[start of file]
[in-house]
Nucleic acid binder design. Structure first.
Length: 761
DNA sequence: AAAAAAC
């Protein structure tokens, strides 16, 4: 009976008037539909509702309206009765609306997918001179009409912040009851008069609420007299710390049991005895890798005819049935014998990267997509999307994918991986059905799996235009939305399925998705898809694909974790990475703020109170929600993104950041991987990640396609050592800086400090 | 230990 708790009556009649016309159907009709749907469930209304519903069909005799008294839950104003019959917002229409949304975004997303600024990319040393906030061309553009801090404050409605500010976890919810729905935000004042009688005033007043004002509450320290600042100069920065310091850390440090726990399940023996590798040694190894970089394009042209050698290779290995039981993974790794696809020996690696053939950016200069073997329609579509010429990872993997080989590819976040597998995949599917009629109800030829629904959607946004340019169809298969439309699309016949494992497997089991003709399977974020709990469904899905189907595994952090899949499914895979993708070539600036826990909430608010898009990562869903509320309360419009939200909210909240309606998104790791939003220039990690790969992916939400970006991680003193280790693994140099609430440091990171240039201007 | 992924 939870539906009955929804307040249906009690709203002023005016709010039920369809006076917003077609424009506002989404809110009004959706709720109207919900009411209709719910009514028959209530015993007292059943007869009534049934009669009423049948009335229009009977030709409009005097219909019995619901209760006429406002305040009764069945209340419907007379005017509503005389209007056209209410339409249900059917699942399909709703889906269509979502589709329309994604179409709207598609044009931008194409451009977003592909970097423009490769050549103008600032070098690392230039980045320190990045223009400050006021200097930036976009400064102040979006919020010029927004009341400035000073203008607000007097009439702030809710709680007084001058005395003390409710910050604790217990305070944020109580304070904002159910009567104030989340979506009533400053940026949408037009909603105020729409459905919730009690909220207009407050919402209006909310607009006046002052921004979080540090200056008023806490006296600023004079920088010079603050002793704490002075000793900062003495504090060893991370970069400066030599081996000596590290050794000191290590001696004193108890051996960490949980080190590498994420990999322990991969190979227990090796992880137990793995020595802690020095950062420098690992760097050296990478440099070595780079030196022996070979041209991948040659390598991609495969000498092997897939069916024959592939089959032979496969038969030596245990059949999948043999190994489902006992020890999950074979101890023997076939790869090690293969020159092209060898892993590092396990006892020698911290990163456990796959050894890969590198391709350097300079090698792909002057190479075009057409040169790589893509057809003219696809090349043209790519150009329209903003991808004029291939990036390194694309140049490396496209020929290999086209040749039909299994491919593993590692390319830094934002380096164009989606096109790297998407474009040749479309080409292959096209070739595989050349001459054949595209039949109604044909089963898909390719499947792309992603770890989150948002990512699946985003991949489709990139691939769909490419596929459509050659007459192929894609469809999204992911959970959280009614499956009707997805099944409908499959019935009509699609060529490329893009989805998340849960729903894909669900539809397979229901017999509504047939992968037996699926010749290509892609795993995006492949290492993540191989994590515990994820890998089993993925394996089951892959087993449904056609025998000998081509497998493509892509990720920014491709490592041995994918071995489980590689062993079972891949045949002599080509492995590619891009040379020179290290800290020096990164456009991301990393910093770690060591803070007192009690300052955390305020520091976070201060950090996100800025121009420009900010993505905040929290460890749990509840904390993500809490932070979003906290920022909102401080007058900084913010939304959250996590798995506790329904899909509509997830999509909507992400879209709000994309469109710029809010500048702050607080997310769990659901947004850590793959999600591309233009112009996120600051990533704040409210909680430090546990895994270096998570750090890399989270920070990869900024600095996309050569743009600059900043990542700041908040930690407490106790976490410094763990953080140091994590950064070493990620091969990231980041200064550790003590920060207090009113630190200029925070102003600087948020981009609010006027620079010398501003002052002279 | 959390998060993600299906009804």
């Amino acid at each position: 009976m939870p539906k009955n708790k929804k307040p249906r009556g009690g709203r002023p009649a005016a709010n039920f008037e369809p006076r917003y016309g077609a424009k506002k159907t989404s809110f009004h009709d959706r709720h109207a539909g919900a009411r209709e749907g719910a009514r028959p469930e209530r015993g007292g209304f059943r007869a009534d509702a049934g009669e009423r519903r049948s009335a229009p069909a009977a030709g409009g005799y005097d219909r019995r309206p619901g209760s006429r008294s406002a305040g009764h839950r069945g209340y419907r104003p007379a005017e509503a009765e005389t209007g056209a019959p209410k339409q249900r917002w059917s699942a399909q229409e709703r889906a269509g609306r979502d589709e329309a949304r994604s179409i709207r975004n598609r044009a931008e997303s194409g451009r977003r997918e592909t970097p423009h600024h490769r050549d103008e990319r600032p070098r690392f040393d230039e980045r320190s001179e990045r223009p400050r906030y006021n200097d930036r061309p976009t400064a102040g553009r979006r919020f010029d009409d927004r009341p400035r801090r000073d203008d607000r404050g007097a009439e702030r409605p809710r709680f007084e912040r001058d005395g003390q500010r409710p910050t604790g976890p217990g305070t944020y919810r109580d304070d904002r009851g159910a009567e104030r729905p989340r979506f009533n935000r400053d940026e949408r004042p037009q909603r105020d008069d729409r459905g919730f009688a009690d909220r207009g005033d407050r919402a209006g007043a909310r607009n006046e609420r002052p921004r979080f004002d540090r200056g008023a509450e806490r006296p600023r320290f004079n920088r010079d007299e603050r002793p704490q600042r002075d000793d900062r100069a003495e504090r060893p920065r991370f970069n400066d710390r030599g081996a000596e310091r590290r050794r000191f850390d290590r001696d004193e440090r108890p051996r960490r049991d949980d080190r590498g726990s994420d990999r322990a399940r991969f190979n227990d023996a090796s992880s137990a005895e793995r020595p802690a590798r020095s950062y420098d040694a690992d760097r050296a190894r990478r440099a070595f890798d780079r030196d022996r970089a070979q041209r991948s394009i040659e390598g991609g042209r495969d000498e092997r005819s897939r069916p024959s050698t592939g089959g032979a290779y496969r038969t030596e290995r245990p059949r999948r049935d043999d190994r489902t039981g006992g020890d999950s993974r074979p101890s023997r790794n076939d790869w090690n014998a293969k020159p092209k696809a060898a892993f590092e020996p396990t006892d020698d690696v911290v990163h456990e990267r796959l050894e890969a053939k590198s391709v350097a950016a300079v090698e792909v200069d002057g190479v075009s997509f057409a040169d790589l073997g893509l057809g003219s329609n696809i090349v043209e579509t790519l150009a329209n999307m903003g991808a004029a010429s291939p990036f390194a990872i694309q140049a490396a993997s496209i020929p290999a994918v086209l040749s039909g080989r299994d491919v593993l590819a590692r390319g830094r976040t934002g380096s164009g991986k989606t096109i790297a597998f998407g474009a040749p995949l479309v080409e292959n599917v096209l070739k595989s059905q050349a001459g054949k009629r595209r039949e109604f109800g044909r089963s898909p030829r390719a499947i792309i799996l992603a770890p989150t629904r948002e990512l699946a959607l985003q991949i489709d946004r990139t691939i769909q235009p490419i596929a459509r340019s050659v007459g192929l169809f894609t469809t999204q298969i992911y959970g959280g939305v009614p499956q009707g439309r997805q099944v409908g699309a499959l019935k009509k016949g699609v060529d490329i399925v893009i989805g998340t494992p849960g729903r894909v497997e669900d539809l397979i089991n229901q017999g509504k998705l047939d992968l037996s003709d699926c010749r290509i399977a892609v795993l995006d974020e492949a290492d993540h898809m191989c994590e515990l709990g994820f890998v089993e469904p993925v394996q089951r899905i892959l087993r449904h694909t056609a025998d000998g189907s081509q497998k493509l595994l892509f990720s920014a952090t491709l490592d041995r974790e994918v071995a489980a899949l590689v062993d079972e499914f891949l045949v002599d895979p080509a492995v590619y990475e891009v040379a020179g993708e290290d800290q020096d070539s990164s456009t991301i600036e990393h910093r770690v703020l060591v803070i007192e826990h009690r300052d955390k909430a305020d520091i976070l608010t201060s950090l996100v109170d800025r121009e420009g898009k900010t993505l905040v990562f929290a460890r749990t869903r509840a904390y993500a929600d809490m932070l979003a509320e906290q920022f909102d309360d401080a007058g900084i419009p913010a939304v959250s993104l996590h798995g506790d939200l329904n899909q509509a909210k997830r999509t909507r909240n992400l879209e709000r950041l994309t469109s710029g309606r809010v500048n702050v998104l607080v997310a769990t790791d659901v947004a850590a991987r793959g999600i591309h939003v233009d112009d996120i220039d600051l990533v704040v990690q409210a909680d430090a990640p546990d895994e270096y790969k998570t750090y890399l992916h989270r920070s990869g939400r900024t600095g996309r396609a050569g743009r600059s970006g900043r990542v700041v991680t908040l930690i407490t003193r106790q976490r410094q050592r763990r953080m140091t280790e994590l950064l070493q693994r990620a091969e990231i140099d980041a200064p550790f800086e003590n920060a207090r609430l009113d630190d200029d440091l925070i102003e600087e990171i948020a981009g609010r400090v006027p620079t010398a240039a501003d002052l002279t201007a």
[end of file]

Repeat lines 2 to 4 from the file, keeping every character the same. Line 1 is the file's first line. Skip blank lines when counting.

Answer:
Nucleic acid binder design. Structure first.
Length: 761
DNA sequence: AAAAAAC